Done properly, RAW and JPEG capture will both yield superb images and it will be very difficult to tell the difference.
Best regards, John

Sandehalynch

Link Posted 08/05/2011 - 11:44
johnriley wrote:

Done properly, RAW and JPEG capture will both yield superb images and it will be very difficult to tell the difference.

I'd almost agree, and for many types of shot in typical shooting conditions this may be true. Two caveats though. Firstly, in conditions of mixed lighting RAW must surely give most post-processors greater latitude to render the seen as it was. And secondly, RAW gives greater latitude for the post-processor to render the scene as they want it.
www.sandehalynch.com

johnriley

Link Posted 08/05/2011 - 12:06
Interesting points.

The first one is I think not quite relevant as mixed lighting remains mixed lighting regardless. You can warm or cool an image, but the relationship between the differently lit components will still remain. Mixed lighting is always tricky, but it's more a matter of making decisions and using a variety of techniques to balance out the lighting. One such technique might be fill-in flash.

The second one is about pre-visualisation. The image in your mind can be the one at the point of shooting, as per Ansel Adams. Then the techniques applied have this end result in mind. This would be inclusive of decisions about white balance and exposure, for example. I don't always shoot this way, but quite often do. With an end result in mind, the exposure is tailored accordingly. It doesn't really matter whether the capture mode is RAW or JPEG.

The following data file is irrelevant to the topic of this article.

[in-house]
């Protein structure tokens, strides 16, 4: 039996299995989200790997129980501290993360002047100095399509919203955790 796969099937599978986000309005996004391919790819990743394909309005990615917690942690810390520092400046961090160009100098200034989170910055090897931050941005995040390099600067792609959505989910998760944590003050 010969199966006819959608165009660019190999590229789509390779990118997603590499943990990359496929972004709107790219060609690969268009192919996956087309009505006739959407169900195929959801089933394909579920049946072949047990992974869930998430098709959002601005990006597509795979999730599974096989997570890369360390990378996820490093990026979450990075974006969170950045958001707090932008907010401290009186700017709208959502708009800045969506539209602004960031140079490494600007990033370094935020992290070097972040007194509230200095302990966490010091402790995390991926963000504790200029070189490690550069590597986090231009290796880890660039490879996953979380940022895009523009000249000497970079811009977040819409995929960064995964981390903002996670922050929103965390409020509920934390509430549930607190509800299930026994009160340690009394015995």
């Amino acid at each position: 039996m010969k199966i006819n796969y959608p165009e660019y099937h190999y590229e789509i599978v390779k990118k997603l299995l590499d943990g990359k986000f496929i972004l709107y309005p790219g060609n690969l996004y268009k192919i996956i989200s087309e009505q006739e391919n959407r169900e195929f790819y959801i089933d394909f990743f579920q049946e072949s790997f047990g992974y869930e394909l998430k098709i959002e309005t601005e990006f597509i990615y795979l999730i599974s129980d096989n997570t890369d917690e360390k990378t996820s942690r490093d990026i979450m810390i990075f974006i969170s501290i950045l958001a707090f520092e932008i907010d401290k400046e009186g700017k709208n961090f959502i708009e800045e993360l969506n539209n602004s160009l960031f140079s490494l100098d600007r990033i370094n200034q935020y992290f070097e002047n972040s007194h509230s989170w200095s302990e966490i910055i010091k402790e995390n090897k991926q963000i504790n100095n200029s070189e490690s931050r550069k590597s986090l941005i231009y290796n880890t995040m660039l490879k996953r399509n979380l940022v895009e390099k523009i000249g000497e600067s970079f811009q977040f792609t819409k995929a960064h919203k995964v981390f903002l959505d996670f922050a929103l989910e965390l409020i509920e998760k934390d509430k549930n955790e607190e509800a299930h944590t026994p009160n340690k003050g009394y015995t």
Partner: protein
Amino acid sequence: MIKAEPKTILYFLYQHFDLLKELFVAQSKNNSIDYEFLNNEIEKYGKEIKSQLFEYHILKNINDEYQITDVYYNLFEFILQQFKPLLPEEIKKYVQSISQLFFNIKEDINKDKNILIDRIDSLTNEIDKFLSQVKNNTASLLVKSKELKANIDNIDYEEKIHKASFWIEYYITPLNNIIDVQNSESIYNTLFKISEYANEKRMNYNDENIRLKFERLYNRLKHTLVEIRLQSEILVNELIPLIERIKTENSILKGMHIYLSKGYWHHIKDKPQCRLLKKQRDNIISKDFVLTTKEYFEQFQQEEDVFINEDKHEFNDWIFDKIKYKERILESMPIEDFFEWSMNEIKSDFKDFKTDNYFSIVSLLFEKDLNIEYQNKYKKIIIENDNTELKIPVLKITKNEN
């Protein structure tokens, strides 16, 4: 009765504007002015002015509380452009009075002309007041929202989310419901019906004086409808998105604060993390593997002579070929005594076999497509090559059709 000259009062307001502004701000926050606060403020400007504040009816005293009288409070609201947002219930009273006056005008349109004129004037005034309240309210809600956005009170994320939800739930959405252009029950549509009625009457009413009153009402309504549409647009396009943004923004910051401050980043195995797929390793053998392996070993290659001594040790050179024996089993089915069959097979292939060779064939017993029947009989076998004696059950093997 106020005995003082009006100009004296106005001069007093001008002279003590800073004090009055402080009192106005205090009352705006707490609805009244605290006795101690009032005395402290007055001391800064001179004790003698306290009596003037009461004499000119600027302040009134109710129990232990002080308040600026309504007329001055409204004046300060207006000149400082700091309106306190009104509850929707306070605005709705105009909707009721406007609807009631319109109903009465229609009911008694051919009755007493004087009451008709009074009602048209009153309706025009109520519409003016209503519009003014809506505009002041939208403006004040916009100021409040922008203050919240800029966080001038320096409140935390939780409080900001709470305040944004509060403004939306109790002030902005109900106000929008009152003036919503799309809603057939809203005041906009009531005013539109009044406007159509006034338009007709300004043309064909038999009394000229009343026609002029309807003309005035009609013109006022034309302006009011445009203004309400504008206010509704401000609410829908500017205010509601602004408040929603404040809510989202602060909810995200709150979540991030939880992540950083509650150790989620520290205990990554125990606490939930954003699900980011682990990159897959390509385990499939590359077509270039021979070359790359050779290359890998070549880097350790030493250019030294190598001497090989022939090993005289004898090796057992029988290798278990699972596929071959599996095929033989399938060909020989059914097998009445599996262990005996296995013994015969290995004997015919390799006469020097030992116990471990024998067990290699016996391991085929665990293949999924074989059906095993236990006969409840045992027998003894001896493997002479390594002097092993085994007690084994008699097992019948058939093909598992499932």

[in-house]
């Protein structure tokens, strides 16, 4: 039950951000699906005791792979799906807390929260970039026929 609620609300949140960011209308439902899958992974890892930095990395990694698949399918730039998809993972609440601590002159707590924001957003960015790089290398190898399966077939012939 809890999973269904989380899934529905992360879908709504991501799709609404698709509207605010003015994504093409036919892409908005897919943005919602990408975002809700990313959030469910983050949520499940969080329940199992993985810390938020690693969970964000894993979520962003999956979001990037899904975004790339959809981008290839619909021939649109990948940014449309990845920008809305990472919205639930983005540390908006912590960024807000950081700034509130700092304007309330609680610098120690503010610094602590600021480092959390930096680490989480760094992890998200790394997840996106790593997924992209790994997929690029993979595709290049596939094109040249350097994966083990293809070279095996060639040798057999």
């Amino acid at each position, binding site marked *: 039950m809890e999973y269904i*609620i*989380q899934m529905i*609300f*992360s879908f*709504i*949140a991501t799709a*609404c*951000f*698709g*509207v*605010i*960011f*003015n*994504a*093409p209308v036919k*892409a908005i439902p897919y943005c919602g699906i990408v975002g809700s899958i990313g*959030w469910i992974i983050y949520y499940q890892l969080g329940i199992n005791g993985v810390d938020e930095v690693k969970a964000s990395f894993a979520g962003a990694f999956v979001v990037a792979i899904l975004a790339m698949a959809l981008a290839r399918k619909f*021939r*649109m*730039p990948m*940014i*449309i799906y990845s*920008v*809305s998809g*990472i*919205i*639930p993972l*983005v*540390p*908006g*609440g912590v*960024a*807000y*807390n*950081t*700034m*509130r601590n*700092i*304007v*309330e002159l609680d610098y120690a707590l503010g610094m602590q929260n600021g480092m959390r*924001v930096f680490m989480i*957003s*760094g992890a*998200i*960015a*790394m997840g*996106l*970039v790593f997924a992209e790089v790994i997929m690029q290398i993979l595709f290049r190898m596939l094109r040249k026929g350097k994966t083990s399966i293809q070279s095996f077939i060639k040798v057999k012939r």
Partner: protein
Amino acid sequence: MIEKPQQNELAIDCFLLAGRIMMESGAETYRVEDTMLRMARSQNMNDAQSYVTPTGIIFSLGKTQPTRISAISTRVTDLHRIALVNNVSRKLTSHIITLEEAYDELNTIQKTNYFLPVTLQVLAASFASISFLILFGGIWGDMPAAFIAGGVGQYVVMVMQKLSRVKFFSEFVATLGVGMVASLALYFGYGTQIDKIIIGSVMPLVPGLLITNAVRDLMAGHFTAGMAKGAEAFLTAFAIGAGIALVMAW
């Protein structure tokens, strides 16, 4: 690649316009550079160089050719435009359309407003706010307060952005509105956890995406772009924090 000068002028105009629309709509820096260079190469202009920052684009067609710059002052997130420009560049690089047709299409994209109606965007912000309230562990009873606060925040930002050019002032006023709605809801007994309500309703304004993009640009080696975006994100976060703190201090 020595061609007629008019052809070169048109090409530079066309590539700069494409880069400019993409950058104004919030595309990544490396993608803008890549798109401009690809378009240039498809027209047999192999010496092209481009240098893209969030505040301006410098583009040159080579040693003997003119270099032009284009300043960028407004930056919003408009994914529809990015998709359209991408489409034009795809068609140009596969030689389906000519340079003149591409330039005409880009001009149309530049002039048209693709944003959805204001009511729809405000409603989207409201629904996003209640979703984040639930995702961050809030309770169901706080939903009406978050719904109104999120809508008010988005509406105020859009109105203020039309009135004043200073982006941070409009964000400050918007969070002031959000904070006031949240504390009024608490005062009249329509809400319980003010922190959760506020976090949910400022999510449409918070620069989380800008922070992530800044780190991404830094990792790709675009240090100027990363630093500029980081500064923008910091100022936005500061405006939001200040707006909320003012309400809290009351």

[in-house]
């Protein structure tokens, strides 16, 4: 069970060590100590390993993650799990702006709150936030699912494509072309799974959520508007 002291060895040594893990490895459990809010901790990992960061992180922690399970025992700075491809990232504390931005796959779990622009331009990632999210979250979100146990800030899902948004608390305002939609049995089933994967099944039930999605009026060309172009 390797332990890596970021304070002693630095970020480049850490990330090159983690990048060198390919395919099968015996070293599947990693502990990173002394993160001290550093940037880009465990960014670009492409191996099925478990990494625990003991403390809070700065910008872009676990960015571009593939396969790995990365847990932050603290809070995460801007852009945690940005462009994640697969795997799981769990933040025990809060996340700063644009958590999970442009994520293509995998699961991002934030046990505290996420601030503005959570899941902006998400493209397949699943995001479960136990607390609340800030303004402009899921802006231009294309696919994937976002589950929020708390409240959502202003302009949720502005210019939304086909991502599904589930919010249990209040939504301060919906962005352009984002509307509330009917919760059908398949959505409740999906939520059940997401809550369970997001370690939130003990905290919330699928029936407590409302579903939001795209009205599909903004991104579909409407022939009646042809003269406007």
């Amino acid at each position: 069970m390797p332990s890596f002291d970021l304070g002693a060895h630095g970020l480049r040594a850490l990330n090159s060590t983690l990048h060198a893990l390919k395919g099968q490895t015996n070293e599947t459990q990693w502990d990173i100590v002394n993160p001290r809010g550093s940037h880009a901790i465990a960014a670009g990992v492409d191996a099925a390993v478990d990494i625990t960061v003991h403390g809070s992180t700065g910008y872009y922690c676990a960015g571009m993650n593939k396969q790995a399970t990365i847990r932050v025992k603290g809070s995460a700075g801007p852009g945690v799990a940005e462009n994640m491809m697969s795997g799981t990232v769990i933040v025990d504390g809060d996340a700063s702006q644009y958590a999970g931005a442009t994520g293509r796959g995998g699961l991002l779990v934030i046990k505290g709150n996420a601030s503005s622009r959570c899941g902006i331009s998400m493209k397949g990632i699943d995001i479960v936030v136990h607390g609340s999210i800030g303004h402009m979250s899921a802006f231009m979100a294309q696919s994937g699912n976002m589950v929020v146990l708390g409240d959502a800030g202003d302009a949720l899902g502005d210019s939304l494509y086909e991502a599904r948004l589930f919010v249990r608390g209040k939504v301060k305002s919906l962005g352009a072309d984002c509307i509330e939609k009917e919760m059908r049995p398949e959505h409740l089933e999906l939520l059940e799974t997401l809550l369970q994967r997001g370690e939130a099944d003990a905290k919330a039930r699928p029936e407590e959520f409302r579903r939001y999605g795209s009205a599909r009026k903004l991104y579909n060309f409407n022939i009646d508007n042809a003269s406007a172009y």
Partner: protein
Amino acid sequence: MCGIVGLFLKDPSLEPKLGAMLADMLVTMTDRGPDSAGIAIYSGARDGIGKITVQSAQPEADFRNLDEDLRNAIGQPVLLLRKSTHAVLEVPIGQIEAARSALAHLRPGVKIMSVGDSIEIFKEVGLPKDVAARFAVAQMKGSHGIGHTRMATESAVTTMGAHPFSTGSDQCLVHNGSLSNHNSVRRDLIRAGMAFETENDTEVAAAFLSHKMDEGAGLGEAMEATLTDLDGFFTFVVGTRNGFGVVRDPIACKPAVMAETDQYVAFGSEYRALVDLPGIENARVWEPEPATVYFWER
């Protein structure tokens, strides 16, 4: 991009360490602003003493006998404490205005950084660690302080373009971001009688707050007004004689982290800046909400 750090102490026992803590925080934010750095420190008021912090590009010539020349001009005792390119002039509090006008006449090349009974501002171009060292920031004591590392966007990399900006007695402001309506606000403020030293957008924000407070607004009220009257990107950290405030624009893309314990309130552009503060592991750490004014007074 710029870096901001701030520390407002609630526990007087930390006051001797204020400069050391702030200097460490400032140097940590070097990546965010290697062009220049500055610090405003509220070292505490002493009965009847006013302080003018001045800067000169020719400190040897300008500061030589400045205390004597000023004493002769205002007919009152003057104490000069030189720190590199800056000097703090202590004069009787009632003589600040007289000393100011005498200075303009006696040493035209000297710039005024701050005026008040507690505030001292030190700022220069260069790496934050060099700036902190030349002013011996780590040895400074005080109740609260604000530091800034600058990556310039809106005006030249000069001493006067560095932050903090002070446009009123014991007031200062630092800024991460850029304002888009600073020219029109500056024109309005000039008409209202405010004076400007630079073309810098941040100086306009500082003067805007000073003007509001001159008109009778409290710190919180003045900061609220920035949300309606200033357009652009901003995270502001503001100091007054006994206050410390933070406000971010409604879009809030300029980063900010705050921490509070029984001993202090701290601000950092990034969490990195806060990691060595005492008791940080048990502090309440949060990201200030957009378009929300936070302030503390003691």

A simple example is a brightly lit flowerr against a dark background. We want the background to remain dark and the flower not to be blown out, so we dial in -0.7 or -1EV of exposure compensation and we have a correctly exposed image. If this decision is made after the exposure there is a problem in terms of optimising quality.
Best regards, John

Sandehalynch

Link Posted 08/05/2011 - 16:23
Fair comment, but in the first case my thought was prompted by the fact that the brain adjusts what the eye sees; we're not always visually aware that a scene might be lit by tungsten, neon and daylight and may not always be prepared for filtered flash techniques. I think White Balance 'repairs' are easier in RAW than in JPEG - though perhaps this is no longer the case with the latest versions of, say, CS.